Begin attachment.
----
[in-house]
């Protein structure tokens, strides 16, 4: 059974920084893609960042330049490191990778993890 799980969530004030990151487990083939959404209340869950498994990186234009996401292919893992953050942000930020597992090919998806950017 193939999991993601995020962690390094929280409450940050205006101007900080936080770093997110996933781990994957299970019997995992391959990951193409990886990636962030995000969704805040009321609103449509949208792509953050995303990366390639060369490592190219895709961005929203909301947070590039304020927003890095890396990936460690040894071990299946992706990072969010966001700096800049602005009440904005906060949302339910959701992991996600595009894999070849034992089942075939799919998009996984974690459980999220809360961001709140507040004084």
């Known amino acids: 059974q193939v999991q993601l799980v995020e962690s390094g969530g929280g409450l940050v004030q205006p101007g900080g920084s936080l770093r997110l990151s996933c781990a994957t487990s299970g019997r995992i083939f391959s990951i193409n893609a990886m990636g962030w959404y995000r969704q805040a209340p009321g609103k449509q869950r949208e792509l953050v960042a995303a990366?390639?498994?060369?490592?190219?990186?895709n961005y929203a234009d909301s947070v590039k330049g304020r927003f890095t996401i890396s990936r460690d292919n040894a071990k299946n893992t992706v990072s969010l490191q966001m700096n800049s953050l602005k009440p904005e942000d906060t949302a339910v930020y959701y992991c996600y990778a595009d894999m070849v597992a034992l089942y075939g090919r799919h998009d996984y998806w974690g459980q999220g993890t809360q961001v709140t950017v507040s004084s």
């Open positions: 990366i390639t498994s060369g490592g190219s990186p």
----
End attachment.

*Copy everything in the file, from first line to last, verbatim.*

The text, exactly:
[in-house]
């Protein structure tokens, strides 16, 4: 059974920084893609960042330049490191990778993890 799980969530004030990151487990083939959404209340869950498994990186234009996401292919893992953050942000930020597992090919998806950017 193939999991993601995020962690390094929280409450940050205006101007900080936080770093997110996933781990994957299970019997995992391959990951193409990886990636962030995000969704805040009321609103449509949208792509953050995303990366390639060369490592190219895709961005929203909301947070590039304020927003890095890396990936460690040894071990299946992706990072969010966001700096800049602005009440904005906060949302339910959701992991996600595009894999070849034992089942075939799919998009996984974690459980999220809360961001709140507040004084």
């Known amino acids: 059974q193939v999991q993601l799980v995020e962690s390094g969530g929280g409450l940050v004030q205006p101007g900080g920084s936080l770093r997110l990151s996933c781990a994957t487990s299970g019997r995992i083939f391959s990951i193409n893609a990886m990636g962030w959404y995000r969704q805040a209340p009321g609103k449509q869950r949208e792509l953050v960042a995303a990366?390639?498994?060369?490592?190219?990186?895709n961005y929203a234009d909301s947070v590039k330049g304020r927003f890095t996401i890396s990936r460690d292919n040894a071990k299946n893992t992706v990072s969010l490191q966001m700096n800049s953050l602005k009440p904005e942000d906060t949302a339910v930020y959701y992991c996600y990778a595009d894999m070849v597992a034992l089942y075939g090919r799919h998009d996984y998806w974690g459980q999220g993890t809360q961001v709140t950017v507040s004084s």
């Open positions: 990366i390639t498994s060369g490592g190219s990186p």